Earley’s POEMS DESCRIPTIVE OF RURAL LIFE AND SCENERY wins Mississippi Arts & Letters Award
by Jen Tynes
We are so happy to hear that Tim Earley’s POEMS DESCRIPTIVE OF RURAL LIFE AND SCENERY is this year’s recipient of the Mississippi Institute of Arts & Letters award for poetry! About the book, judge Jason Koo writes:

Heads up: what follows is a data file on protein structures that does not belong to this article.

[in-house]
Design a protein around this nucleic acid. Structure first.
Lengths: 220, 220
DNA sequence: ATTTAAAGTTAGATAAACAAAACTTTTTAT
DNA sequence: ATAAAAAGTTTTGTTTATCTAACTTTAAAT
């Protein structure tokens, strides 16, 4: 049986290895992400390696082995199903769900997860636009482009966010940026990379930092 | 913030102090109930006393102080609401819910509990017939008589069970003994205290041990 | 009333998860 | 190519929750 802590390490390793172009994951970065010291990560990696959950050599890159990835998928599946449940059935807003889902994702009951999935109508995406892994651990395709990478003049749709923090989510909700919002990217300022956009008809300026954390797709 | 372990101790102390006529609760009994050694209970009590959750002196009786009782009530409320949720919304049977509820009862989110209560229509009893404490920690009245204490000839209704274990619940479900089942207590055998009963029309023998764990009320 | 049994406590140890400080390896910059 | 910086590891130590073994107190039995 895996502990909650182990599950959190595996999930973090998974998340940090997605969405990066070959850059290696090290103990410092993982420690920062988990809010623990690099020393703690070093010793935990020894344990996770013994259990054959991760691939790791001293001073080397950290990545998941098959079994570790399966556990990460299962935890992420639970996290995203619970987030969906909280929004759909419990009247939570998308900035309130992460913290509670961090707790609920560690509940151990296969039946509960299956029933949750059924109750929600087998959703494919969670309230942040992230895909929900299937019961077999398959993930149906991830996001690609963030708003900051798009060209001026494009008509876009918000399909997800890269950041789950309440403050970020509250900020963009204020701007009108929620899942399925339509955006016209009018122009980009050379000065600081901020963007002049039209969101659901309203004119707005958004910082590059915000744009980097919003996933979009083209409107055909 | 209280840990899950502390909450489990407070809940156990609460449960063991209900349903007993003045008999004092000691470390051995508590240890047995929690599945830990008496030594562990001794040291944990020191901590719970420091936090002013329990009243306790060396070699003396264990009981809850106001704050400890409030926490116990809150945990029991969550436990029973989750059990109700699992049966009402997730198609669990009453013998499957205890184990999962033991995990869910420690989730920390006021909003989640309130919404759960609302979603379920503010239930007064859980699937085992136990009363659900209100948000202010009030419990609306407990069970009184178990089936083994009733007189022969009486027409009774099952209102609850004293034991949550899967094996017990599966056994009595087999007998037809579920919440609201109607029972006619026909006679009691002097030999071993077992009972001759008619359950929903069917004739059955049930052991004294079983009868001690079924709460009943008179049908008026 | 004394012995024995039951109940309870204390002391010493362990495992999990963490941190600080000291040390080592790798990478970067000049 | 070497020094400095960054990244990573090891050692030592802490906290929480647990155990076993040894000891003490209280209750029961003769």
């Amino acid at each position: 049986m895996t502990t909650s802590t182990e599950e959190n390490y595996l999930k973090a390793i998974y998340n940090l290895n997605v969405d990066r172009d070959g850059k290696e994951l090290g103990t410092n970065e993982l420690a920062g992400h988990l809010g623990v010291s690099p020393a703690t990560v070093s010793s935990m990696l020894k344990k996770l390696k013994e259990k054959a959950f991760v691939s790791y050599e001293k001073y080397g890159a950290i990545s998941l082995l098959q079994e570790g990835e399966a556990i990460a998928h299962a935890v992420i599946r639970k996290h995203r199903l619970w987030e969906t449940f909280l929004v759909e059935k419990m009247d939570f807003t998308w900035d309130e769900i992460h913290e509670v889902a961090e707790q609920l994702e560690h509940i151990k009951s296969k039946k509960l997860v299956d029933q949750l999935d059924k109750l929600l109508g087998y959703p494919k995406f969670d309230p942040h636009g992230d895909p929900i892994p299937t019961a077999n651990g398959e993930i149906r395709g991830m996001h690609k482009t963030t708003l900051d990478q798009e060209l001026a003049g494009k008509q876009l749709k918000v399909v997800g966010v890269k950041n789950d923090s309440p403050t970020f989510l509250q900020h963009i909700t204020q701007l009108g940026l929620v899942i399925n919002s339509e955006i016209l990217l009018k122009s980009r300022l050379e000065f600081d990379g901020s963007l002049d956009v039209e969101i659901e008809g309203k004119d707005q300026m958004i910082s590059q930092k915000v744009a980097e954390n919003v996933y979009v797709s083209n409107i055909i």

Part Henry Miller, part Rimbaud, part Whitman, part Joyce, all swirled into the “poor, rude clown” of mad John Clare resurrected and rampaging through the “post-natal slime” of the American South, Tim Earley reinvents or damn near obliterates the prose poem in Poems Descriptive of Rural Life and Scenery, a book of “abundant strangeness” and originality, a teeming cesspool of language like a “disease that overspills.” Every sentence in this book is alive and creepy-crawly with creation, belying the book’s title, because there is nothing “descriptive,” but detonating, about what these poems do to the language and the landscape. This book could only be “described” as “like when order is a disrober is a disorder is an ordinance which evades and invades itself.” What a terrifying, exhilarating ride, with death riding shotgun, that asks, “Are not our cesspools shared … are not our miseries the same?” This writer eats at his “death each day of [his] life. It feels like practice. It is [his] job.” Luckily for us he takes this difficult task on. This is a book like no other.